I am a pure vegetarian guy. Eating non veg food is not necessary. You can remain fit and healthy without non veg food.
If you have been a vegetarian your entire life, you should NOT listen to what the people in this thread have told you.
First off, you should see a professional. Either your physician or a nutrition specialist.
Secondly, don't ask people on the internet about health issues and what you should do. That's a dangerous gamble.
Most of the people in this thread have told you that it "should" be no problem, when in fact they are completely wrong if you truly have never eaten meat before. You need to see a nutritionist and figure out a proper diet. Going your entire life without meat and then all of the sudden introducing it into your diet is not going to fare well with most people. Most likely your nutritionist will "ween" you into it to make sure you do not have any digestive issues.
TO EVERY ONE ITS OK TO EAT MEAT AS LONG AS YOUR DIET CONTAINS ALSO VEGETABLES AND FRUITS, ALL MEAT DIEAT IS VERY NOT HEALTHY FOR YOU AS ITS A VERY HIGH INTAKE OF PROTEIN WICH CAN LEAD TO MANY HEALTH PROBLEMS LIKE ATHEROSCLEROSIS, ARTRITIS,GOUT, AND MANY MORE, ALL MEAT DIET IS TOO HARD ON THE BODY AND THE LIVER, ONE SHOULD NOT EAT ONLY MEAT, I COULD GO ON AND ON EXPLAINING TO YOU HOW BAD ARE THE EFFECTS OF OVER LOAD OF PROTEIN.
THE WORST IS FRIED MEAT , AFTER THE PROSSES IT HAS NO VALUE.
As long as you exercise, it is very hard to overload your body with protein. If you sit around and do nothing all day, then yea, you're right. Without exercise, you can still safely intake your body weight in grams of protein. Depending on how much you exercise, you can easily intake up to 2x your body weight in grams of protein if you choose.
You would be surprised at how much exercise helps. You can eat pretty much anything you want any time you want as long as you exercise. Funny how so many people still don't realize this. Fiber also helps a ton.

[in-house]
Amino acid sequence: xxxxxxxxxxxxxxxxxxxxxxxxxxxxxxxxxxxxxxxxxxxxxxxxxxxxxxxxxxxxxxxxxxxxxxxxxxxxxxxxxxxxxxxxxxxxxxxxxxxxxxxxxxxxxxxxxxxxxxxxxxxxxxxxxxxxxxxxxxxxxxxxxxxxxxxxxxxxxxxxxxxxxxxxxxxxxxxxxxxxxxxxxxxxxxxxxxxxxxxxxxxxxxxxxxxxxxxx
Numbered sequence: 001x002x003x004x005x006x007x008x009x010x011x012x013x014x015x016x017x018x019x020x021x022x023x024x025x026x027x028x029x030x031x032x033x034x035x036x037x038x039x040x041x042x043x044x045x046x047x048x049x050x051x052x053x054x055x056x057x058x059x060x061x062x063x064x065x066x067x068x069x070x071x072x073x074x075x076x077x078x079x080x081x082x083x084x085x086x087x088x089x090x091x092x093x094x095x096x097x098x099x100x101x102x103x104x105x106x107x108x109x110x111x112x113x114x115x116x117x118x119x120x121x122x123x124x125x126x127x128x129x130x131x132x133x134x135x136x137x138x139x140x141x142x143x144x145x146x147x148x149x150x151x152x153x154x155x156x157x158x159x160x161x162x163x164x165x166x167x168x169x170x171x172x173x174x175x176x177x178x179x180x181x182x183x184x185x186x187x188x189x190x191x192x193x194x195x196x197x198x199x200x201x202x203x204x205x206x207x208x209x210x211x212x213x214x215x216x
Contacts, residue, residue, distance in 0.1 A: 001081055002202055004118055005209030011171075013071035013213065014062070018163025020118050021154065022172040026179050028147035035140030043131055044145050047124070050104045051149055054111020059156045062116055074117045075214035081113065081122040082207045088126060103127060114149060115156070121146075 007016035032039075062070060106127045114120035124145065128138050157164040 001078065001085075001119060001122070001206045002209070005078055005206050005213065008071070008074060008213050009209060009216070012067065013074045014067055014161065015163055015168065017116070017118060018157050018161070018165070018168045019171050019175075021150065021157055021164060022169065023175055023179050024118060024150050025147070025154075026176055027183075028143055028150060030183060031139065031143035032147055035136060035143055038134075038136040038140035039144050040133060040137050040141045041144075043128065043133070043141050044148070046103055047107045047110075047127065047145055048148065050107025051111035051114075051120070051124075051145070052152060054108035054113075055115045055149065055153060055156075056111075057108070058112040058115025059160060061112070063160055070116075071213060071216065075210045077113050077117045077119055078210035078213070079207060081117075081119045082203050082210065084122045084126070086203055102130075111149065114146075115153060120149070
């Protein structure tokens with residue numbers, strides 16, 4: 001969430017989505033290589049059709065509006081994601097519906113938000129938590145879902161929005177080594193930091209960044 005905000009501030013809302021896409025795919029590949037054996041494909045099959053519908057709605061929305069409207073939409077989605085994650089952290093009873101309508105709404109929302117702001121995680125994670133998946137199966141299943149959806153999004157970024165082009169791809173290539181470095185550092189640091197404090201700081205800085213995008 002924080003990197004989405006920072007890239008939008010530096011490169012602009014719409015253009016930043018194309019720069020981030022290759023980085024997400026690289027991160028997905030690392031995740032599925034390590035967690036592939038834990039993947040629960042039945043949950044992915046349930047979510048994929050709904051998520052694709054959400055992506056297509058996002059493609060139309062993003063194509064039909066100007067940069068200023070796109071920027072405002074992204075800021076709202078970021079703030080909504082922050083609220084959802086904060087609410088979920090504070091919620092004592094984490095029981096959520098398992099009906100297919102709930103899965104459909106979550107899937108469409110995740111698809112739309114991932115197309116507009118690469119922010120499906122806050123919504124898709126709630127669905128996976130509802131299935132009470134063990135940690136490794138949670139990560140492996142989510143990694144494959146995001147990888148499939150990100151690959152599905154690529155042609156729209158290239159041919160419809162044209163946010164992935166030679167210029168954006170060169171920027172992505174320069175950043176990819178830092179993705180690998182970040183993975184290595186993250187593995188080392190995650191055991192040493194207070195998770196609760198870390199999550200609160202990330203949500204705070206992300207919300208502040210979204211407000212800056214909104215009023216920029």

"Is it ok to have a non-vegetarian diet." I think some people are misunderstanding this.
You can still eat meat and have that "vegetarian diet". Because all a vegetarian diet is, is a diet without meat. Its easy to incorporate meat into your old vegetarian diet which can be just as healthy.
If you buy organic and or free range, or from your local farmer's market (with some research of course. Then there is no problem.
The ideal diet is, abundance of vegetables, fruits in moderation (at least every day), meats every 1 to 2 days and grain and dairy I would put more as an option because they aren't that necessary.
I am vegetarian.I think veg is best for our health.We should prefer organic food.you can remain fit and healthy with organic food....
by Sturgeonl6 years ago
Is following a vegetarian diet healthier than a regular diet that includes meat?
by dappledesigns5 years ago
Is a plant-based diet healthy?is it possible to get all of the nutrients you need by eating only whole organic plant-based foods and drinking water?
by Peeples3 years ago
Is there a right way to start a mostly vegetarian diet?I am thinking about going mostly vegetarian (meaning no red meat with only occasional chicken) however I have no idea where to start. I am doing this for the health...
by Andrea Lawrence3 years ago
What would you consider the best benefits of a vegetarian diet?
by mindofjulie5 years ago
What do you do about cravings and portion control to keep your diet healthy?I tend to drink lots of water and stay away from soda since it increases women's chance on losing bone density over time -that's what I have...
by arpitme5 years ago
I believe yes, because killing is itself a violent act and if it is involved in the process of making food, it will definitely makes them more violent.
Copyright © 2018 HubPages Inc. and respective owners.
Other product and company names shown may be trademarks of their respective owners.
HubPages® is a registered Service Mark of HubPages, Inc.
HubPages and Hubbers (authors) may earn revenue on this page based on affiliate relationships and advertisements with partners including Amazon, Google, and others.